TOS Blog: Daily Commentary from an Objectivist Perspective

The Fruits of Capitalism Are All Around Us

These are shocking statistics: Among Americans ages 18–29, people tend to have a negative view of capitalism and a positive view of socialism.

As Pew reported in 2011, people in this age group saw capitalism negatively by a margin of 47 to 46 percent, and they saw socialism positively by a margin of 49 to 43 percent. This is despite the fact that, to the degree governments have allowed it to exist, capitalism has brought the people of the civilized world vastly more wealth and vastly better and longer life—and despite the fact that socialist governments have slaughtered scores of millions of people.

Overall, people saw capitalism positively only by a margin of 50 to 40 percent. Why does the greatest force for human advancement in the history of the world get such mixed marks among its beneficiaries?

Today many people confuse capitalism with the cronyism of bank bailouts, corporate welfare, and special government privileges forcibly limiting competition. But such schemes are utterly contrary to capitalism, and it is illogical and unjust to blame capitalism for programs it explicitly opposes. Capitalism is the political-economic system of individual rights and free markets. Under capitalism, government protects individuals’ rights to control their own property and interact with others voluntarily. Capitalism forbids fraud, theft, government bailouts, and force of every kind.

When people think of capitalism, they should not think of bank bailouts or the like; rather, they should think of the relatively free aspects of our society and markets, such as freedom of speech, freedom of association, and the relative freedom of the computer industry that has brought us such wonders as remarkably inexpensive yet high-quality laptops, Androids, and iPhones.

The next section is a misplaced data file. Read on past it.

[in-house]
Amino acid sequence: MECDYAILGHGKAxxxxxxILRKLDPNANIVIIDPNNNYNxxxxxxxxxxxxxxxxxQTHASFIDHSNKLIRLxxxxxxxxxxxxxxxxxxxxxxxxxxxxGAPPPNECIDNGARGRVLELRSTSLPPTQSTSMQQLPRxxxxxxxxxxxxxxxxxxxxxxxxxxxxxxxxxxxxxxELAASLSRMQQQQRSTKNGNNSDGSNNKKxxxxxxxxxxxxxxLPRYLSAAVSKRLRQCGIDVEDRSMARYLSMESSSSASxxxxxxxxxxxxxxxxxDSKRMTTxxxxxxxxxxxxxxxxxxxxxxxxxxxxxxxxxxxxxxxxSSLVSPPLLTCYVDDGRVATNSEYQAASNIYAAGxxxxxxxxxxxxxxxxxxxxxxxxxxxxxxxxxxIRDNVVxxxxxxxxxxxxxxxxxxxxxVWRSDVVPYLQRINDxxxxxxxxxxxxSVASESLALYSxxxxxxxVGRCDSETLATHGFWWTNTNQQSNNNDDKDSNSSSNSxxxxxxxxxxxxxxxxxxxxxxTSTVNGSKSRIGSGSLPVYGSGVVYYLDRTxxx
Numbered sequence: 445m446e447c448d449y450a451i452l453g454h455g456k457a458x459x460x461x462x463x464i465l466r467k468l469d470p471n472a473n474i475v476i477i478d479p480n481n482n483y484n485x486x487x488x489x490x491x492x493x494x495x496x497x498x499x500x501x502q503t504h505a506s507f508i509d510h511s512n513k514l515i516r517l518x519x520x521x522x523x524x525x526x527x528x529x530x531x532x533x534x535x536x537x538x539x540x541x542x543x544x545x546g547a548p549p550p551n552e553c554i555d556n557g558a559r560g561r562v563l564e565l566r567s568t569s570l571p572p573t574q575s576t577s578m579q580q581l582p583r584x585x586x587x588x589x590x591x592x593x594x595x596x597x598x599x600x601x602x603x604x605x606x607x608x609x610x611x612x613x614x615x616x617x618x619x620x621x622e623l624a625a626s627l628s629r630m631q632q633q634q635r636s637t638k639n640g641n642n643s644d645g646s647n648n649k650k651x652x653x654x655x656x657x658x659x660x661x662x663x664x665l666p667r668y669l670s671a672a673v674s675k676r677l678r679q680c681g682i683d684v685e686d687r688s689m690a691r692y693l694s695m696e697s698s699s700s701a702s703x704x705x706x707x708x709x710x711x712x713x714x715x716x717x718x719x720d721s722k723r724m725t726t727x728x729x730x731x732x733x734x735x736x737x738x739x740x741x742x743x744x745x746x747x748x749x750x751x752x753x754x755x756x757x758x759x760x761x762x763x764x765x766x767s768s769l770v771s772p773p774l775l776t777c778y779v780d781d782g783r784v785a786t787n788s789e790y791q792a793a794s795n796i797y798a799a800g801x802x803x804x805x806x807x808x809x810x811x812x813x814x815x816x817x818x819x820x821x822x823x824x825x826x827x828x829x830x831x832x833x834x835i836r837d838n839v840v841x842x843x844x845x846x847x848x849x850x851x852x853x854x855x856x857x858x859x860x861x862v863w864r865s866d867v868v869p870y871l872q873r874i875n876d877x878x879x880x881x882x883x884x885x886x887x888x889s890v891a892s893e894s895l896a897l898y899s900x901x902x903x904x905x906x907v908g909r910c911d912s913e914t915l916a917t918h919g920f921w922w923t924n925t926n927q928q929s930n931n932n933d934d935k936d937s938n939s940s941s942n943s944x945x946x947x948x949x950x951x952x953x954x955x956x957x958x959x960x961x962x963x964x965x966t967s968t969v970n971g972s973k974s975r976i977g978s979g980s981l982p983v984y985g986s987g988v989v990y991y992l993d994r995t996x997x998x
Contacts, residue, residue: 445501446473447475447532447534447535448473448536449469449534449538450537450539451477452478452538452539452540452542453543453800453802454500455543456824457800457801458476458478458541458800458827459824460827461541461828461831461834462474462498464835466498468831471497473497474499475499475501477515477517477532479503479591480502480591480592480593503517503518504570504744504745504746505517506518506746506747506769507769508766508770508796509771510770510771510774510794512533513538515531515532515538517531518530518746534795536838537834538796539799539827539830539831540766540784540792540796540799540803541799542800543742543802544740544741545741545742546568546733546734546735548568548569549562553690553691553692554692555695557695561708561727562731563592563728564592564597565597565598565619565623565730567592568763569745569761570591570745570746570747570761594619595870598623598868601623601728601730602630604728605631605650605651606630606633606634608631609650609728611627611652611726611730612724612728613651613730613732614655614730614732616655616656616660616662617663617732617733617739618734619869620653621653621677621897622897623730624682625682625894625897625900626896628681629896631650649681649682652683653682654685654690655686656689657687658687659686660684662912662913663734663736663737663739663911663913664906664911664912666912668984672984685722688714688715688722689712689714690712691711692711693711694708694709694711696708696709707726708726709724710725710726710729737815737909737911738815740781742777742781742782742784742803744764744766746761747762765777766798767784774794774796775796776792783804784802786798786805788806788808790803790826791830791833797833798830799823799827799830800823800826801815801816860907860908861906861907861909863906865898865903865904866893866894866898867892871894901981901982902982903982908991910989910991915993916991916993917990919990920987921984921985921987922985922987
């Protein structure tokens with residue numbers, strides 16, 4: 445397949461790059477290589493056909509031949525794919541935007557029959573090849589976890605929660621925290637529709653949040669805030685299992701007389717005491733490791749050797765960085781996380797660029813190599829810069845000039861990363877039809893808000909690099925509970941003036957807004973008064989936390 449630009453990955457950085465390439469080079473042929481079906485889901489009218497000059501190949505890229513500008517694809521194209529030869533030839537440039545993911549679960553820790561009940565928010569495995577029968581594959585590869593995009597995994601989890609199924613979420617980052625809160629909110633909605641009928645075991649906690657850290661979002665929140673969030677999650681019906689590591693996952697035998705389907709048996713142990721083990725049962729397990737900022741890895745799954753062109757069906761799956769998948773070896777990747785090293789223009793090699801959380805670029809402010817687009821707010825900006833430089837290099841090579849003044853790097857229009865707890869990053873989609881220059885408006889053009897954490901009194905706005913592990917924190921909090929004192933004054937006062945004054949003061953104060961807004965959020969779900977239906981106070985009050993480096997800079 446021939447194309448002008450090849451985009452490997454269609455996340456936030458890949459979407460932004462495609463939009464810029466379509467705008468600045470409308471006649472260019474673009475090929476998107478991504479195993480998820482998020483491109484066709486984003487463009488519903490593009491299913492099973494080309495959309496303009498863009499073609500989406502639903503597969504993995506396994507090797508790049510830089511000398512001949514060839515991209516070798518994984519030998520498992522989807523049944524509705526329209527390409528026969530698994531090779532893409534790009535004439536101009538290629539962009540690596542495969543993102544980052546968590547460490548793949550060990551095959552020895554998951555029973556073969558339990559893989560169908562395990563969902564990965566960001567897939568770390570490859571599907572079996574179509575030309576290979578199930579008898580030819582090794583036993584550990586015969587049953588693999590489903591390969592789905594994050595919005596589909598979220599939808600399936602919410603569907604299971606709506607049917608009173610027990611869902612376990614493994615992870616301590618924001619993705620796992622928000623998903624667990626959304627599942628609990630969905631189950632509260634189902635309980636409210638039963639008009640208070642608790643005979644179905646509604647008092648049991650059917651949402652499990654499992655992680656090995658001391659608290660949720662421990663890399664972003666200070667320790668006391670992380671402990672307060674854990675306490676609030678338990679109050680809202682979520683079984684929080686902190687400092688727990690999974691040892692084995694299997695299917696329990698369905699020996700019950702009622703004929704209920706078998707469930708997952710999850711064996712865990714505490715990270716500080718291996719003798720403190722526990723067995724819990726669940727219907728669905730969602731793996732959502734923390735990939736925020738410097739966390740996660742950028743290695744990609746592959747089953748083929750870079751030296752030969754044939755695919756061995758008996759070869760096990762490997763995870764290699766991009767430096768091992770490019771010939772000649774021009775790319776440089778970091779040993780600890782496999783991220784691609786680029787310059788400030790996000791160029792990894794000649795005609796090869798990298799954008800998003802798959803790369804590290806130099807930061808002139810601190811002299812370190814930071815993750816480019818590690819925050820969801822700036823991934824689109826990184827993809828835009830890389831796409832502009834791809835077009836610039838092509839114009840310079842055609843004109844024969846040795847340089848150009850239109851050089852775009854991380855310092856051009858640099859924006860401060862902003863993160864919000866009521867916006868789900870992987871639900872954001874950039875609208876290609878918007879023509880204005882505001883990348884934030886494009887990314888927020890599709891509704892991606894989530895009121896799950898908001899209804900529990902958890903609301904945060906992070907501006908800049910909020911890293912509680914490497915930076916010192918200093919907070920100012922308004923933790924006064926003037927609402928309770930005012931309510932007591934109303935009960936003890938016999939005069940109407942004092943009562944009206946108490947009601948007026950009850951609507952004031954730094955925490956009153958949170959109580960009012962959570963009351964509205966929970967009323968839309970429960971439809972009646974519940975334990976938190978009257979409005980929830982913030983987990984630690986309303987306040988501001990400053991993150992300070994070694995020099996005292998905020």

Another illustrative example is the modern grocery store. Although the government interferes with the operation of such stores in myriad ways ranging from wage controls to taxation to antitrust actions to food subsidies, in large part grocery stores operate freely, in accordance with the best judgment of their owners and managers. The result is that anyone in the civilized world can quickly and easily purchase goods—including myriad varieties of fresh produce—imported from around the world.

My grandmother, who early in life did not have electricity or even indoor plumbing, spoke of getting an orange for Christmas, and of that being such a delightful treat. Fresh oranges were so rare in those days that they were once-a-year splurges for many families. Today most people take for granted our ability to purchase once-exotic foods from around the world as well as from nearby farms—not only oranges but kiwis, pineapples, pomegranates, coffee and tea in endless varieties, leafy greens, various grains and seeds including quinoa and buckwheat, many types of peppers, many types of meats, various cheeses, and on and on.